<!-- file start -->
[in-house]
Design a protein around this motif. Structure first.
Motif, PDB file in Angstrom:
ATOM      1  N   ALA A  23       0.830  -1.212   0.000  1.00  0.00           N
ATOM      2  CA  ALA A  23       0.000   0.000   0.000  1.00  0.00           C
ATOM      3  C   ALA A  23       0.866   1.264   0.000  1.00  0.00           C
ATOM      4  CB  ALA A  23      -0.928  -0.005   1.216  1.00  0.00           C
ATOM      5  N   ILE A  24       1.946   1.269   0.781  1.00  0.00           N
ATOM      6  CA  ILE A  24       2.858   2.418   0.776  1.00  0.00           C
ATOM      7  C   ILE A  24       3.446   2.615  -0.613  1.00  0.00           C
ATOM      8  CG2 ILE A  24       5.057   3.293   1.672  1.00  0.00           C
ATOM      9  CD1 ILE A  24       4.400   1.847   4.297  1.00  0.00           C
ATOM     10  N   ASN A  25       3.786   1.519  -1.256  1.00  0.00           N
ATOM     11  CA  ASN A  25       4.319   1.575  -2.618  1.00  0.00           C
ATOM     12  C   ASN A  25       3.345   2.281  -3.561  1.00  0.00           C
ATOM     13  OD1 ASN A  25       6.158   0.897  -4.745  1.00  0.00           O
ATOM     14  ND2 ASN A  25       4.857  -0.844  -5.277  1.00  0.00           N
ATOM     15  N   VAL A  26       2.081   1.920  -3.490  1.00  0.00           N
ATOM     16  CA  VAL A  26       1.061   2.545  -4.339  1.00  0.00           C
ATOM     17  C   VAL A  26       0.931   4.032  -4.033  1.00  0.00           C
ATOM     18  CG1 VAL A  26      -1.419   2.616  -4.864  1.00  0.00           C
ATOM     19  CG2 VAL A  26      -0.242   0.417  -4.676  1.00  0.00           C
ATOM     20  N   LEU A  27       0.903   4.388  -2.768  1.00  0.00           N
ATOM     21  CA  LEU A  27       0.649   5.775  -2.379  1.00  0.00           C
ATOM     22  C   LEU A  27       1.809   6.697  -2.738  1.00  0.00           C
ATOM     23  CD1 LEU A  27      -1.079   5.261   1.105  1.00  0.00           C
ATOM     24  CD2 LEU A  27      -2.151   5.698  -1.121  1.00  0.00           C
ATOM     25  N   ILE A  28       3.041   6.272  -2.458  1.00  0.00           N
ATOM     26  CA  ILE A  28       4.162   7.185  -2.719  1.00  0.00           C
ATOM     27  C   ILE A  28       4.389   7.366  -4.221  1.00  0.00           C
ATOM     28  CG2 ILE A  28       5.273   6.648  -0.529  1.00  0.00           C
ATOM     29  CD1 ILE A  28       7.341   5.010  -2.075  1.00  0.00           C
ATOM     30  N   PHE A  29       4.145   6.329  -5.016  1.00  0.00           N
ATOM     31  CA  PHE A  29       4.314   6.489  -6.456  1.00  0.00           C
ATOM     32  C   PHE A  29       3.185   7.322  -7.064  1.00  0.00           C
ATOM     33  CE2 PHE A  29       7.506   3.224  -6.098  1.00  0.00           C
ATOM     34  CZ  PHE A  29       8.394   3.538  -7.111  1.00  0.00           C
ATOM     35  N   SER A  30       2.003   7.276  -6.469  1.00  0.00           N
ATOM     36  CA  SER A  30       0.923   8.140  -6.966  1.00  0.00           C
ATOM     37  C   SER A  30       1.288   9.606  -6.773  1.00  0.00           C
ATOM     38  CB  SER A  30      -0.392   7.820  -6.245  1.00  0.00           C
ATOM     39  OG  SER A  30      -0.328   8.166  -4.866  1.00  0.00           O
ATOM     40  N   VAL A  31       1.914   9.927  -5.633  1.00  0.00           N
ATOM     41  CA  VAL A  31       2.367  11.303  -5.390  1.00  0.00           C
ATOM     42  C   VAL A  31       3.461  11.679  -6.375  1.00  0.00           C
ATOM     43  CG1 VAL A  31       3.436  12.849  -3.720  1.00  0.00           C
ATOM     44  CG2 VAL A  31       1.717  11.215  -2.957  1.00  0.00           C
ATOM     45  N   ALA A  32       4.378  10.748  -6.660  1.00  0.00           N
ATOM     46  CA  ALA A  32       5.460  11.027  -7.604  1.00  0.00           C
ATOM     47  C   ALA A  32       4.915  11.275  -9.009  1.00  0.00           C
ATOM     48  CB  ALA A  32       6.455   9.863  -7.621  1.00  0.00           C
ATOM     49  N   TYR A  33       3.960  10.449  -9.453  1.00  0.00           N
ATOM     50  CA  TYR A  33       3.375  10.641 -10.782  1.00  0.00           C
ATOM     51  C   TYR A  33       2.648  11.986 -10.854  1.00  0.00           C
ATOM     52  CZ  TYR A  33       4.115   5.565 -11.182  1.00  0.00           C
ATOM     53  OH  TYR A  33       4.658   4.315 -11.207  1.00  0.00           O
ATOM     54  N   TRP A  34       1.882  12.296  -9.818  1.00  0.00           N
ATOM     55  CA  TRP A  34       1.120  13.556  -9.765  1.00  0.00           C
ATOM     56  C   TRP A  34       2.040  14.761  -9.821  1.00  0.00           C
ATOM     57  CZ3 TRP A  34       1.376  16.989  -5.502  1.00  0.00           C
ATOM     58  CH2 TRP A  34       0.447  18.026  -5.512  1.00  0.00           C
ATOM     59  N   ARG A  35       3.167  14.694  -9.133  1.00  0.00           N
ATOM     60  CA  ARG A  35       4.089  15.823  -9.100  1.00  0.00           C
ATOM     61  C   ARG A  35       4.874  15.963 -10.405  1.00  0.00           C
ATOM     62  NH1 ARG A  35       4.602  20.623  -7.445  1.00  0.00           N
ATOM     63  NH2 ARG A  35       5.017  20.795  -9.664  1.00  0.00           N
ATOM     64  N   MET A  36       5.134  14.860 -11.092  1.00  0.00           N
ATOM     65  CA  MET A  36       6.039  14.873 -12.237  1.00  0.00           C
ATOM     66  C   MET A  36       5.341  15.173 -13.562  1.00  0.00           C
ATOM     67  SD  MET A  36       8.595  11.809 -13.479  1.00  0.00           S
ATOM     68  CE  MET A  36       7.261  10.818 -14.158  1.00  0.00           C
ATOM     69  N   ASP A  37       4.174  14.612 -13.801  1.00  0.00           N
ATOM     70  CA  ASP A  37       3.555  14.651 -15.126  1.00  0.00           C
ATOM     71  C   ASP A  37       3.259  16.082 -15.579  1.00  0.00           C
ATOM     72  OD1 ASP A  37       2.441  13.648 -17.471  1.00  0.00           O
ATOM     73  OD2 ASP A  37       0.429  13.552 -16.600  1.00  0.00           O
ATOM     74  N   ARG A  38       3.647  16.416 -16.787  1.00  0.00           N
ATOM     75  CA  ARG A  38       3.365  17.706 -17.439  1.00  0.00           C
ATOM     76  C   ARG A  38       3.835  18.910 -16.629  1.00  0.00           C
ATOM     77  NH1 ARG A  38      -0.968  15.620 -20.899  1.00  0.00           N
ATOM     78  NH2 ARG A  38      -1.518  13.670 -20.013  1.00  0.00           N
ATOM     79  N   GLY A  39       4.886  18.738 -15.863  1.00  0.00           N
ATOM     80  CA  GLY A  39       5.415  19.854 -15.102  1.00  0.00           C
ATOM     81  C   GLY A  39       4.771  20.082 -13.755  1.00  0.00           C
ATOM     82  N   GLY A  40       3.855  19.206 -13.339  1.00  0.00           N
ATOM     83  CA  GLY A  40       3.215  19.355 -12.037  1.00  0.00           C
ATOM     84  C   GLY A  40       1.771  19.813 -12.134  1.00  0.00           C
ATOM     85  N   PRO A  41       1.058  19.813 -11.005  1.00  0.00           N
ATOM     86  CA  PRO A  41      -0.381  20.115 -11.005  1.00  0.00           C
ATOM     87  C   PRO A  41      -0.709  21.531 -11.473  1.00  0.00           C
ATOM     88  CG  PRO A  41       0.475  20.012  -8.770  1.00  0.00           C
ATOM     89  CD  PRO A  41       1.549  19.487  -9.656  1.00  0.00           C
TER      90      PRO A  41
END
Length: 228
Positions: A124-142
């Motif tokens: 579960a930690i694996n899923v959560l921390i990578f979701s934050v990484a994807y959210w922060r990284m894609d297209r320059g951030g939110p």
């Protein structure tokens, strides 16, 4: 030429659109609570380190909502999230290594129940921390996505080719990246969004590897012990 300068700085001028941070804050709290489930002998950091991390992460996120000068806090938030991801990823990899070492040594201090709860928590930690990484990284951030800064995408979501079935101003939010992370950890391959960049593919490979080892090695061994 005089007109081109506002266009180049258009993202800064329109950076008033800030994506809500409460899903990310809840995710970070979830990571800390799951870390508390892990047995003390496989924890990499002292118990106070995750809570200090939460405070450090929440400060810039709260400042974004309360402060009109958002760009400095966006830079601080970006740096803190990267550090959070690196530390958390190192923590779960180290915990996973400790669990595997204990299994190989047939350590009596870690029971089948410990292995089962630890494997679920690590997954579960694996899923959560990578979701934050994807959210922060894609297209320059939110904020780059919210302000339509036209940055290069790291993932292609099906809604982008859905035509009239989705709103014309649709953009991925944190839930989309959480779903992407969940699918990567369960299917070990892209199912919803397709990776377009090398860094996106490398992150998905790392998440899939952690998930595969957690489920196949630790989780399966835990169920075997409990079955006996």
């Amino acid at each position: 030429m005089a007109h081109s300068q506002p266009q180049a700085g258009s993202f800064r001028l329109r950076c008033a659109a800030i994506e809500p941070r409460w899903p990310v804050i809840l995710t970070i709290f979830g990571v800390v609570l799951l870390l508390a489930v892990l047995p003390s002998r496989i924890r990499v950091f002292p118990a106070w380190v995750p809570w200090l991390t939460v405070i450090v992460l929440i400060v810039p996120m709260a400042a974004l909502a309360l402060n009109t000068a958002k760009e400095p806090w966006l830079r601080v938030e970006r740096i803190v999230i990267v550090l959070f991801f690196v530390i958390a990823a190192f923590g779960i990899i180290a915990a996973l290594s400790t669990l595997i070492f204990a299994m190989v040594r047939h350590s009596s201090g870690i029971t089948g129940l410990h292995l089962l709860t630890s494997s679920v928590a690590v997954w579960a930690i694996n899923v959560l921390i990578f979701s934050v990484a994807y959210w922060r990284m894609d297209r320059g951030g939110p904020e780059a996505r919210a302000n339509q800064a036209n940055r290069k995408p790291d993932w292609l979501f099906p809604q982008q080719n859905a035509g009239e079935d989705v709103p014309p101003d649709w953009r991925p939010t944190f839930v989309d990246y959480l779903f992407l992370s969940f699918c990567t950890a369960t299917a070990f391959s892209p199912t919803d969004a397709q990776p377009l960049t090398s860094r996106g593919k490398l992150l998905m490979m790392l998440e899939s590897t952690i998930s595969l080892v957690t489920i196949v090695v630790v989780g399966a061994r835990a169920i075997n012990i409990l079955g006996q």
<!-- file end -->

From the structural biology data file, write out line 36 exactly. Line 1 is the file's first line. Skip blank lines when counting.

ATOM     33  CE2 PHE A  29       7.506   3.224  -6.098  1.00  0.00           C